Branhamella catarrhalis activates human B lymphocytes following interactions with surface IgD and class I major histocompatibility complex antigens.
Branhamella catarrhalis initiated DNA synthesis in human blood or spleen cells enriched for B lymphocytes but did not activate T-lymphocyte-enriched fractions. Monoclonal antibodies were used to determine which B-cell surface molecules were of importance for the activation signal. The addition of monoclonal antibodies reactive with IgD, HLA class I antigens, and B2-microglobulin to B lymphocyte cultures selectively inhibited the B-lymphocyte response to B. catarrhalis. Antibody binding to IgD and class I antigens did not inhibit B-cell proliferation following stimulation with anti-IgM beads, Staphylococcus aureus, or Epstein-Barr virus. This suggests that surface IgD is of major importance for B-lymphocyte stimulation by B. catarrhalis. Since B. catarrhalis binds HLA-ABC containing liposomes it is suggested that a similar binding of B. catarrhalis to HLA-ABC on the surface of B lymphocytes serves as an accessory factor that stabilizes the binding of B. catarrhalis to surface IgD. Activation of human B lymphocytes by B. catarrhalis resulted in changes of cell surface molecules that were quantitatively and qualitatively similar to those that resulted from the activation by S. aureus. Therefore although these two bacteria appear to activate B cells in a similar manner, they induce B-cell proliferation through interactions with different cell surface structures.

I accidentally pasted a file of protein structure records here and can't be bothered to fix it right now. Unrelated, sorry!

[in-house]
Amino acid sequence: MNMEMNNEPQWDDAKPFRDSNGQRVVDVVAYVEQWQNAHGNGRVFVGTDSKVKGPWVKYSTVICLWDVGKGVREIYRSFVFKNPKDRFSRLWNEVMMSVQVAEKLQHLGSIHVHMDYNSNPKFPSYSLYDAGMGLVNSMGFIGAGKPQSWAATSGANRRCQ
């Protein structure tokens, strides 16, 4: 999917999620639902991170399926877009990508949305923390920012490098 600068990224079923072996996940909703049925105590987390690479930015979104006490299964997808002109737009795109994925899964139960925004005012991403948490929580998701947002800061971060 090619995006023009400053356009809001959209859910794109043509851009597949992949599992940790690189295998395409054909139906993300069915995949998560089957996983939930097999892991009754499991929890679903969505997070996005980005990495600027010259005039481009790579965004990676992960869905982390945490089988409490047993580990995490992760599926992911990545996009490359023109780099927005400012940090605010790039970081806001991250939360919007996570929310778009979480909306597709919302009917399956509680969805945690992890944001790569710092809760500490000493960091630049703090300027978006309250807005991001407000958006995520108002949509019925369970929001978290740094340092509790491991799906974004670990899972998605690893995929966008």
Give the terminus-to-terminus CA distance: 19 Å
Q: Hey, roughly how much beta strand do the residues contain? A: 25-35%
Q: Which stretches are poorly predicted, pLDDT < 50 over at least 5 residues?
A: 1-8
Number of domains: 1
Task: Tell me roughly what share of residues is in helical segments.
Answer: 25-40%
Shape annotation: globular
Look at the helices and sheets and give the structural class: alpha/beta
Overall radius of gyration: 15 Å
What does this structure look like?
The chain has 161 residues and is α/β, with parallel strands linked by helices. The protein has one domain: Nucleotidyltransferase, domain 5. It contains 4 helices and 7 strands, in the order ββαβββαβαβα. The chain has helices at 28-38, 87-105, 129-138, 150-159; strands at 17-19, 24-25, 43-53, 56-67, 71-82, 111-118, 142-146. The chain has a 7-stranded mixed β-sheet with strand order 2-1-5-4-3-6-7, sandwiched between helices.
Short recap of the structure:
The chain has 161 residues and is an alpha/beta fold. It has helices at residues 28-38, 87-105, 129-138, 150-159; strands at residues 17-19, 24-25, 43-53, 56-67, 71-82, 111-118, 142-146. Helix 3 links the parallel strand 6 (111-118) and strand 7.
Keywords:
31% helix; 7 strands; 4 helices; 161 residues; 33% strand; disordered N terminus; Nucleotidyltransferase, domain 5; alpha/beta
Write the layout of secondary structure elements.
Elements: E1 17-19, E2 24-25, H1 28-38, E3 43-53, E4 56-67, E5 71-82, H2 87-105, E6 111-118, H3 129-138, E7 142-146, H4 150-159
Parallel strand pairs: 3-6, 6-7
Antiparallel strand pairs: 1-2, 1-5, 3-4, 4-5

Forsgren, A; Penta, A; Schlossman, SF; Tedder, TF
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